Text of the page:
Successful change management processes will provide relatively accurate time estimates for required build time in a comprehensive, inclusive and clear project plan. Building in contingency time will also help with the handling of unknown issues, which are bound to occur. Dependencies should be discussed and spelled out, and tasks required for stand-alone or siloed activities can then be efficiently scheduled.
Finally, such plans must allow for suitable and extensive testing of the reporting changes prior to implementation. This is mandatory in some reporting jurisdictions, whether the testing be for in-house systems, submissions to the repository or ARM/APA, or submissions to the regulator.
The importance of testing has often been grossly underestimated, either from a time requirement, or an overall value, point of view, and this has resulted in even the most extensive change management plans falling victim to unknown, but predictable, reporting issues.
Once firms have identified, documented and planned all relevant changes, they will be able to implement their plans. They should continue to document progress and changes throughout the process; even if things go smoothly, circumstances can change at any point.
Knowing what reporting changes were made, when, why, and by whom, is essential if firms are to identify and remediate unexpected implementation challenges. They should keep all stakeholders informed of progress, good or bad, through regular, clear and succinct update statements.
During implementation, the value of all the time set aside for testing will become clear, and firms should test their reporting changes as much as possible. Testing will have many benefits, and should include the testing of a firm’s own reporting, although cracks in the process can also occur for trade repositories/ARMs/APAs, as they too have their own implementation programmes underway to manage their regulatory obligations.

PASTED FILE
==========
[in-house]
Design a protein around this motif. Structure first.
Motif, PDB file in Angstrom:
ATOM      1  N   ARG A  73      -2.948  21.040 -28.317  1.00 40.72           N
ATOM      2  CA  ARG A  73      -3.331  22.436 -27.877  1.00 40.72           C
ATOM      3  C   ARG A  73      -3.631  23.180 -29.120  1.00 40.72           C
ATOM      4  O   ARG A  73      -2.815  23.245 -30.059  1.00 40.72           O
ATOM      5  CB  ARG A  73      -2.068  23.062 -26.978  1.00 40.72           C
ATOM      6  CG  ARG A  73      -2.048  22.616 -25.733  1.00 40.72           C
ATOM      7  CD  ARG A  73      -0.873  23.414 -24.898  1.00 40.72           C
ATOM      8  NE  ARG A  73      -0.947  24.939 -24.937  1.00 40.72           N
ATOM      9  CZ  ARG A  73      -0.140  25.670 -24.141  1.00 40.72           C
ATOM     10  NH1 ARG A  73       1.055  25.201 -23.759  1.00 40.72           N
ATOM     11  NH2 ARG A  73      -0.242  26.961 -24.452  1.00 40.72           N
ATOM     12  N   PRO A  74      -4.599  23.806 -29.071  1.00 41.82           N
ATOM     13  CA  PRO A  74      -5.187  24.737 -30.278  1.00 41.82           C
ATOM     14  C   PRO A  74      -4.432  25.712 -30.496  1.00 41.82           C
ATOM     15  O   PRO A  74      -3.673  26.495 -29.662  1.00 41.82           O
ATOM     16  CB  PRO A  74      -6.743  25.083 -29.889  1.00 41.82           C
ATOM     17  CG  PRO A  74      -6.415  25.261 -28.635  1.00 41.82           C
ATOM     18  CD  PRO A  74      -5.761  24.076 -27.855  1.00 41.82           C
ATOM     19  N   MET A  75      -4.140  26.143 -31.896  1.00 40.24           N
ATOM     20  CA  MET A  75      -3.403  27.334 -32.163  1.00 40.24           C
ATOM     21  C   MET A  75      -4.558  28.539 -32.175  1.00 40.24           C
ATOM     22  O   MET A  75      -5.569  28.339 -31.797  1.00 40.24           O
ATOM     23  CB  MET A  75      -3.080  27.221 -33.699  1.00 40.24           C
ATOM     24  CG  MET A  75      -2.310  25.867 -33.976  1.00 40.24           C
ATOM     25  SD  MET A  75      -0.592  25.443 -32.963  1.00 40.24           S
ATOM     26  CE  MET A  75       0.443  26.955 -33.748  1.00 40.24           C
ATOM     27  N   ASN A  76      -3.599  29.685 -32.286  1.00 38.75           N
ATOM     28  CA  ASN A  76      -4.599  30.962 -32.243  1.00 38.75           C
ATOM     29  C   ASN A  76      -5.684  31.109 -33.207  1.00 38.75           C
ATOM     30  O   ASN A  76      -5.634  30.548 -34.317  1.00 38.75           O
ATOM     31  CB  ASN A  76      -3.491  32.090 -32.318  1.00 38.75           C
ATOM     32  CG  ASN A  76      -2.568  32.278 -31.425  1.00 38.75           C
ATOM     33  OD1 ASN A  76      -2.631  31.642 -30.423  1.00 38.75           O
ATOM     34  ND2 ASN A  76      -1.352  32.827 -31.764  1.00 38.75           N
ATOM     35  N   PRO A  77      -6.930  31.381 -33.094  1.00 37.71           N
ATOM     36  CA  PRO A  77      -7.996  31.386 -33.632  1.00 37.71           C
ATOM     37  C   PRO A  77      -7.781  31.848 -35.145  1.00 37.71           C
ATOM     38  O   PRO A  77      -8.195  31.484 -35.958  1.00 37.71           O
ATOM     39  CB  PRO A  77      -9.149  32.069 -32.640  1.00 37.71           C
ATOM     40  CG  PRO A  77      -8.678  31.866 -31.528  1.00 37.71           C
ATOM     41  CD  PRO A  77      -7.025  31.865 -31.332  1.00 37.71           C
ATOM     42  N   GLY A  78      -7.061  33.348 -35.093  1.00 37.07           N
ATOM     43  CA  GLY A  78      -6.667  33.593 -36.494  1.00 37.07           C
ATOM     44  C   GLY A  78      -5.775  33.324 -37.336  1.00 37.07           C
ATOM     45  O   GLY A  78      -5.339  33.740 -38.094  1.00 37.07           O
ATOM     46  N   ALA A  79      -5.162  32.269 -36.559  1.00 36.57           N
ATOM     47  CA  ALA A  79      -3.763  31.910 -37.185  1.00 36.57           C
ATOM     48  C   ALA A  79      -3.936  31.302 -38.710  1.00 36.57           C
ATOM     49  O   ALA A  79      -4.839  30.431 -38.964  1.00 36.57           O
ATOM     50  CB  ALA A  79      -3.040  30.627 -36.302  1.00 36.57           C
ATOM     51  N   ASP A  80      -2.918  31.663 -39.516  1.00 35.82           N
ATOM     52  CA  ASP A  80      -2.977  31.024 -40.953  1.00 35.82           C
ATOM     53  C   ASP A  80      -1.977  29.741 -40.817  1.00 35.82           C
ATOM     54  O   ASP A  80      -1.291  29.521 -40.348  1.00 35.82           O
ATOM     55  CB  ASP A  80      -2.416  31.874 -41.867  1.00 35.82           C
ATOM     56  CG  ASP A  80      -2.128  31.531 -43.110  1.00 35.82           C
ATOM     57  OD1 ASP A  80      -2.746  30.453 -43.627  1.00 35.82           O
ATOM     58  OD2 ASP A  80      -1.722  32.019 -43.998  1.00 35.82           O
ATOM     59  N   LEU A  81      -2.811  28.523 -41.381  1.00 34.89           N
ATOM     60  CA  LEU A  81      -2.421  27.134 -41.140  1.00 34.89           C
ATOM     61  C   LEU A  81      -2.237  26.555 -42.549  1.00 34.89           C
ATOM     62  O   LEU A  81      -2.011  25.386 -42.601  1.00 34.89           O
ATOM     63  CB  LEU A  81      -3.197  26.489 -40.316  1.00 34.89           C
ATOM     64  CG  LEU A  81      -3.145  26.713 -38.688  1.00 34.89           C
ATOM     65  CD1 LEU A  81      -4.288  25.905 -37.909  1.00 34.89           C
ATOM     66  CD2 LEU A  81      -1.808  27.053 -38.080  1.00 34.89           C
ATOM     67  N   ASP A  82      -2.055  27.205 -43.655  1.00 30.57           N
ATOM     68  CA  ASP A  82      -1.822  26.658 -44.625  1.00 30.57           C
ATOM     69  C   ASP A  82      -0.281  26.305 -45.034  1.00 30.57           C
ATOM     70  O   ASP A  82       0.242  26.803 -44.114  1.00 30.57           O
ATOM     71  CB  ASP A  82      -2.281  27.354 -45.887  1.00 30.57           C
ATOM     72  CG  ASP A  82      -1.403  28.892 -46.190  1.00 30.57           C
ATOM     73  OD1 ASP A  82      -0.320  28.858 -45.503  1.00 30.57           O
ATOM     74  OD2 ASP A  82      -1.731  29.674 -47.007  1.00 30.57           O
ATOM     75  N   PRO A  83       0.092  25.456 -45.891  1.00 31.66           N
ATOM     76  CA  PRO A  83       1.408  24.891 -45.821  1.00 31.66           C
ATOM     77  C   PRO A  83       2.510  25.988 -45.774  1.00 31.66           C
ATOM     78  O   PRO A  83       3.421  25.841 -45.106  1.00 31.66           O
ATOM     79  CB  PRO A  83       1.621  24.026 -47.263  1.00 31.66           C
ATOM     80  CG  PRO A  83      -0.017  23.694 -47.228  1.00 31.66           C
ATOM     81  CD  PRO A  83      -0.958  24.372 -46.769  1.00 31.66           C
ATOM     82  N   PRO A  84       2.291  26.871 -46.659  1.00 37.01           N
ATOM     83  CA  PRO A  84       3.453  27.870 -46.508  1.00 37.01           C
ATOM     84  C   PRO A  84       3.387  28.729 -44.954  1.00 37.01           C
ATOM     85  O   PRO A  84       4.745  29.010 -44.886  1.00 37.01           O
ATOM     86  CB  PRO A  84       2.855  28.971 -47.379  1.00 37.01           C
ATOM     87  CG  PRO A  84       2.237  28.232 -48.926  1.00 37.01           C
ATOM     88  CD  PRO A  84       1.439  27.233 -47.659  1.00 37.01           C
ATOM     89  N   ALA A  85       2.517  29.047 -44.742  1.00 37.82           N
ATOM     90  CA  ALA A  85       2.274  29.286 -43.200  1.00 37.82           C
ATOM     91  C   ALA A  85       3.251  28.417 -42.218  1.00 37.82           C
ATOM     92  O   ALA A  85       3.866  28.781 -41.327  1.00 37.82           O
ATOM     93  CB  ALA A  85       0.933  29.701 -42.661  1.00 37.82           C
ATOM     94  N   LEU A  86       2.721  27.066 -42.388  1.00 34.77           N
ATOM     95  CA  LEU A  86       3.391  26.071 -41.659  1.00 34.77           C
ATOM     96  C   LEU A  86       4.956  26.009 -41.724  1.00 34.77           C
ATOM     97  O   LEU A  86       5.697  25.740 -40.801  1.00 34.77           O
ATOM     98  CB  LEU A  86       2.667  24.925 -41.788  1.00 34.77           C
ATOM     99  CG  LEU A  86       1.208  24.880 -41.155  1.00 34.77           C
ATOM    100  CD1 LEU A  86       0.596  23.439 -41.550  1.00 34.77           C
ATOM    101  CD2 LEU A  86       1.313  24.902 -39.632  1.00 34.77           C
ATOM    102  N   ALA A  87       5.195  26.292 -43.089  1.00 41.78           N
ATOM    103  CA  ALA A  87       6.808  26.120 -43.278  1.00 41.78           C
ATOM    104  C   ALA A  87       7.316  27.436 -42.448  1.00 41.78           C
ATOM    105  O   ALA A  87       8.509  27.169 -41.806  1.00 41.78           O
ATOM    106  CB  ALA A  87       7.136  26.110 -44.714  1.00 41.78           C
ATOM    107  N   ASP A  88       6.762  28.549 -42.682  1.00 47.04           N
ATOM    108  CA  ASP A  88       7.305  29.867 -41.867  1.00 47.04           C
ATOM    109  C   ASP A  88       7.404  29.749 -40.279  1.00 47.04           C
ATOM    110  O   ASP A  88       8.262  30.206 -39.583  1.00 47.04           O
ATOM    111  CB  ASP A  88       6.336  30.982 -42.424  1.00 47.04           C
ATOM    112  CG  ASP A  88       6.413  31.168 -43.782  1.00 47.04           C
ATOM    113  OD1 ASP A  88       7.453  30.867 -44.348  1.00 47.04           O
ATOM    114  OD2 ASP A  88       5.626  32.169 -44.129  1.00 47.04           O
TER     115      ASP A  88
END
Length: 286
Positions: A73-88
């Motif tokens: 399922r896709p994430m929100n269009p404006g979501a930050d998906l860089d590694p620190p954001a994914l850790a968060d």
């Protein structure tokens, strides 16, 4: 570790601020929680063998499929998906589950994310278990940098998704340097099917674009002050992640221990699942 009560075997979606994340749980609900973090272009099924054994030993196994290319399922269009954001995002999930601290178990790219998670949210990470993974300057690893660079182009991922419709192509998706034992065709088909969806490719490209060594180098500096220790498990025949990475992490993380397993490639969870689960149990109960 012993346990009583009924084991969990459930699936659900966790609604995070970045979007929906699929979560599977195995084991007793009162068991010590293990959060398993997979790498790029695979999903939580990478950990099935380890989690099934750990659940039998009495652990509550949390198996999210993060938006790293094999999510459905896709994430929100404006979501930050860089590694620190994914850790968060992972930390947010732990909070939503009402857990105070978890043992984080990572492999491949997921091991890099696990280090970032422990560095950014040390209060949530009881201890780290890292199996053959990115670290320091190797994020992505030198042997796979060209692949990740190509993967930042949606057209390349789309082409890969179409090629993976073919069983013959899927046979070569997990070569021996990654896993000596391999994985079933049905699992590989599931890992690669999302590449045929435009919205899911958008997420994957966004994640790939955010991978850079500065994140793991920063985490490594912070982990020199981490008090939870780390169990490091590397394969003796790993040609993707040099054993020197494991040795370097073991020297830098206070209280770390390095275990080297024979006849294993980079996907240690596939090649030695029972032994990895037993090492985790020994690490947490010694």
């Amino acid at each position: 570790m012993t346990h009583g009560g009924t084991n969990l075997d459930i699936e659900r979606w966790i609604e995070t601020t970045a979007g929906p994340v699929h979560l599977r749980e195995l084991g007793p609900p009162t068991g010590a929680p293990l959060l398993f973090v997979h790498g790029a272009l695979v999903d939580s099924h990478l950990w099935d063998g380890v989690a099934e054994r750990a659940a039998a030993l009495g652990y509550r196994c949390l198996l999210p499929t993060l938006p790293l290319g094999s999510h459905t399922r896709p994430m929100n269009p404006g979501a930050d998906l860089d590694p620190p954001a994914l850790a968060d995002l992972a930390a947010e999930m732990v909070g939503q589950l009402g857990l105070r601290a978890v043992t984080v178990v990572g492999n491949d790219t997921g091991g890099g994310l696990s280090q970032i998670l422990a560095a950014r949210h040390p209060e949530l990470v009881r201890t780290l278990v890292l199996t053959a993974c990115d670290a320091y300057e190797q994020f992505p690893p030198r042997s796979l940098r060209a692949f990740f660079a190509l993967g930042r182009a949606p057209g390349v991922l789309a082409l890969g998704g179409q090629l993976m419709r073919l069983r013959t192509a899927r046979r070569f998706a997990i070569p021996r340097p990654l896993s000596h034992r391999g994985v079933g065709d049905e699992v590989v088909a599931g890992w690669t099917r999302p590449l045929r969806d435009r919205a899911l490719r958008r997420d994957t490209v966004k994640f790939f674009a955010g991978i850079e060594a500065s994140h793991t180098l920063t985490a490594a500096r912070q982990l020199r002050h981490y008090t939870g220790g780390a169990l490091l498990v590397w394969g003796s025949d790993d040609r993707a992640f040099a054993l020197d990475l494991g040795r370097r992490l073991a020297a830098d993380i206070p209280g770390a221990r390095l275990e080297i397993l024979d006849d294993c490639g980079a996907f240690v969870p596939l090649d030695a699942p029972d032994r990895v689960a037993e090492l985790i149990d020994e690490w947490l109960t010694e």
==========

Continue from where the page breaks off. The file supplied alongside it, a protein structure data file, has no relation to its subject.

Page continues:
Such institutions are unable to account for all real-life reporting situations and trade types in their own user acceptance testing, and so rely on their clients to test as many additional scenarios as possible and uncover bugs ahead of the fixed go-live date.
Many firms also engage in joint or combined testing programmes alongside peers, boosting the efficiency of their own testing and enabling them to share discovered issues or known pain points with enough time to remedy a solution where possible.
Adequate preparation is essential if firms are to navigate the constantly changing regulatory reporting landscape. Firms that identify and document the proposed changes will be in a prime position to understand what will be required, and how to plan for revised regulatory requirements.
Failure to do so may mean compliance officers and other responsible staff find themselves remediating reporting issues long after “go-live” dates — something which comes at considerable cost. The winners will be those who implement balanced, comprehensive and clear change management plans for their firms’ regulatory reporting.
- To discuss upcoming regulatory reporting changes with one of our regulatory specialists, please contact us.